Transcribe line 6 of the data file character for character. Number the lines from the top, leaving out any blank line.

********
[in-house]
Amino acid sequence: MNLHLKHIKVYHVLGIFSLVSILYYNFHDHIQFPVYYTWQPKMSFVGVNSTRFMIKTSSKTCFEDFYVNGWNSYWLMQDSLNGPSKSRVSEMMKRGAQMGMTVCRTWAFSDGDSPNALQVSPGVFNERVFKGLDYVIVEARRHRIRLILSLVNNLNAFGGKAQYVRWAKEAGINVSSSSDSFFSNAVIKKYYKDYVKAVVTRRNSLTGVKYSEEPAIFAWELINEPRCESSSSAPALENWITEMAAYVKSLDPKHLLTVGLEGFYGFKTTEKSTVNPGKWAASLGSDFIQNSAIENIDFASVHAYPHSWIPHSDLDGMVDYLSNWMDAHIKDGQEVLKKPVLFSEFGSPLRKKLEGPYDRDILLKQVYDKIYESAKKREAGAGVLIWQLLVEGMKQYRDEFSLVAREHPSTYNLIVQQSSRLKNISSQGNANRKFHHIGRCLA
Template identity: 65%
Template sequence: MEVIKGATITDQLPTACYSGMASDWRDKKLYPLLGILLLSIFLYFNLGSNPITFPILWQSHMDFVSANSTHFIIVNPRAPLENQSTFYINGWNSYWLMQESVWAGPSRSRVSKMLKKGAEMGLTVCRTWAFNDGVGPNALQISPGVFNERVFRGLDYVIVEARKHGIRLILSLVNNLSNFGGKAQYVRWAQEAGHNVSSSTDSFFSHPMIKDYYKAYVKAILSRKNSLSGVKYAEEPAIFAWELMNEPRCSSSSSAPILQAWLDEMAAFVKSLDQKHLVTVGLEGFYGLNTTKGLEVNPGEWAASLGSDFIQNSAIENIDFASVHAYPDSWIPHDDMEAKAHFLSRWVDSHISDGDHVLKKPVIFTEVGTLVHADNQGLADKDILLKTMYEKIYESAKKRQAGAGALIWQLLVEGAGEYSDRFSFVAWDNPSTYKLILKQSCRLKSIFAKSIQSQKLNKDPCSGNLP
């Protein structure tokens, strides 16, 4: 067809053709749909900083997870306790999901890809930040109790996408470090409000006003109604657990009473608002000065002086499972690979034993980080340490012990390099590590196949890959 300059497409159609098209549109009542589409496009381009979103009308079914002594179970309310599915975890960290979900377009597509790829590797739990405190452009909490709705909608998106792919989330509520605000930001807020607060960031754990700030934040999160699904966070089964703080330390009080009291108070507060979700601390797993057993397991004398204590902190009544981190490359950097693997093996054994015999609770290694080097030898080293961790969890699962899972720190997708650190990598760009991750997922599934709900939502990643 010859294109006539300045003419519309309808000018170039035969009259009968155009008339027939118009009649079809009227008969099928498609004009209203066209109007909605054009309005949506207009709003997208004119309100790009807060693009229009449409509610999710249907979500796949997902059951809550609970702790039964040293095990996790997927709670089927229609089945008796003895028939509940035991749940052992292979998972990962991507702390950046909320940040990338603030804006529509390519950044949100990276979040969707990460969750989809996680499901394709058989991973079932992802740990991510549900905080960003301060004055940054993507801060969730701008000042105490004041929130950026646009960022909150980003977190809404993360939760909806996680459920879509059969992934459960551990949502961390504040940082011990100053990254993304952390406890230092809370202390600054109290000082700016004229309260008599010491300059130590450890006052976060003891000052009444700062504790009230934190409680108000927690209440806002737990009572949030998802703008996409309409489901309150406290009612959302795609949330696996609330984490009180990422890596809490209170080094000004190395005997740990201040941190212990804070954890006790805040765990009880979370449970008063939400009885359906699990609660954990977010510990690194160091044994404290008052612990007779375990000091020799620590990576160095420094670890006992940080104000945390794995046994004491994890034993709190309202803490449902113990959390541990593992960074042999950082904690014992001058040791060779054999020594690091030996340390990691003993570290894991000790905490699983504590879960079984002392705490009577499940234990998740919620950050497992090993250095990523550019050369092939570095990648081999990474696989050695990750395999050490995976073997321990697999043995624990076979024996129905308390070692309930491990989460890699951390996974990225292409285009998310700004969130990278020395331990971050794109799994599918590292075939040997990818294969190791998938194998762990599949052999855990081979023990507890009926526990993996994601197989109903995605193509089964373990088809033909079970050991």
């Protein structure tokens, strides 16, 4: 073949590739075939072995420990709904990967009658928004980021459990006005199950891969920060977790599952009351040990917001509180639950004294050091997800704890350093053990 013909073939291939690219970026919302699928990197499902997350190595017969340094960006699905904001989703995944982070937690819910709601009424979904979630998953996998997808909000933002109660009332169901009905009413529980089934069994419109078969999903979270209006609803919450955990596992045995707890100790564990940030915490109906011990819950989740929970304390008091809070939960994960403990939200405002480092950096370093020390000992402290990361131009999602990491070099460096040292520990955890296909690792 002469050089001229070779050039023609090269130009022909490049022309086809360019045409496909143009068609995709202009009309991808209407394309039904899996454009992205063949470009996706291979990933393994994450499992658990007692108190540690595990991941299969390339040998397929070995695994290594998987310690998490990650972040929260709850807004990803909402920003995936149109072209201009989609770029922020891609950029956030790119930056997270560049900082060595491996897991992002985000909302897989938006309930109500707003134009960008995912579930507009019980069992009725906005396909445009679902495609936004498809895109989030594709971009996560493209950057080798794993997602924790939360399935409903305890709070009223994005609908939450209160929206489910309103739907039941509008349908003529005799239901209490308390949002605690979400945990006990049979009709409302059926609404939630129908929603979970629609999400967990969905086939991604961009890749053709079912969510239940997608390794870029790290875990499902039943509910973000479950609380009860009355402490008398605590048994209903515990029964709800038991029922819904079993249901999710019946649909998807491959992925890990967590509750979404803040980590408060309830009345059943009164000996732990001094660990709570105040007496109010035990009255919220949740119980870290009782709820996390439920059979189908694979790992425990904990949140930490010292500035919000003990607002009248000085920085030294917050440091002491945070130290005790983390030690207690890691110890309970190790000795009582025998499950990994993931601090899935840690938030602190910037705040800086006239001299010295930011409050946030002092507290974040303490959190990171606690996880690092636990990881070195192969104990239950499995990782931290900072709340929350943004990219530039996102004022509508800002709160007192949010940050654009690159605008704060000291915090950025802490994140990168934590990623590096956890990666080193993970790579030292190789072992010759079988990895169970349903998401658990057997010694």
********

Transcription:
């Protein structure tokens, strides 16, 4: 073949590739075939072995420990709904990967009658928004980021459990006005199950891969920060977790599952009351040990917001509180639950004294050091997800704890350093053990 013909073939291939690219970026919302699928990197499902997350190595017969340094960006699905904001989703995944982070937690819910709601009424979904979630998953996998997808909000933002109660009332169901009905009413529980089934069994419109078969999903979270209006609803919450955990596992045995707890100790564990940030915490109906011990819950989740929970304390008091809070939960994960403990939200405002480092950096370093020390000992402290990361131009999602990491070099460096040292520990955890296909690792 002469050089001229070779050039023609090269130009022909490049022309086809360019045409496909143009068609995709202009009309991808209407394309039904899996454009992205063949470009996706291979990933393994994450499992658990007692108190540690595990991941299969390339040998397929070995695994290594998987310690998490990650972040929260709850807004990803909402920003995936149109072209201009989609770029922020891609950029956030790119930056997270560049900082060595491996897991992002985000909302897989938006309930109500707003134009960008995912579930507009019980069992009725906005396909445009679902495609936004498809895109989030594709971009996560493209950057080798794993997602924790939360399935409903305890709070009223994005609908939450209160929206489910309103739907039941509008349908003529005799239901209490308390949002605690979400945990006990049979009709409302059926609404939630129908929603979970629609999400967990969905086939991604961009890749053709079912969510239940997608390794870029790290875990499902039943509910973000479950609380009860009355402490008398605590048994209903515990029964709800038991029922819904079993249901999710019946649909998807491959992925890990967590509750979404803040980590408060309830009345059943009164000996732990001094660990709570105040007496109010035990009255919220949740119980870290009782709820996390439920059979189908694979790992425990904990949140930490010292500035919000003990607002009248000085920085030294917050440091002491945070130290005790983390030690207690890691110890309970190790000795009582025998499950990994993931601090899935840690938030602190910037705040800086006239001299010295930011409050946030002092507290974040303490959190990171606690996880690092636990990881070195192969104990239950499995990782931290900072709340929350943004990219530039996102004022509508800002709160007192949010940050654009690159605008704060000291915090950025802490994140990168934590990623590096956890990666080193993970790579030292190789072992010759079988990895169970349903998401658990057997010694």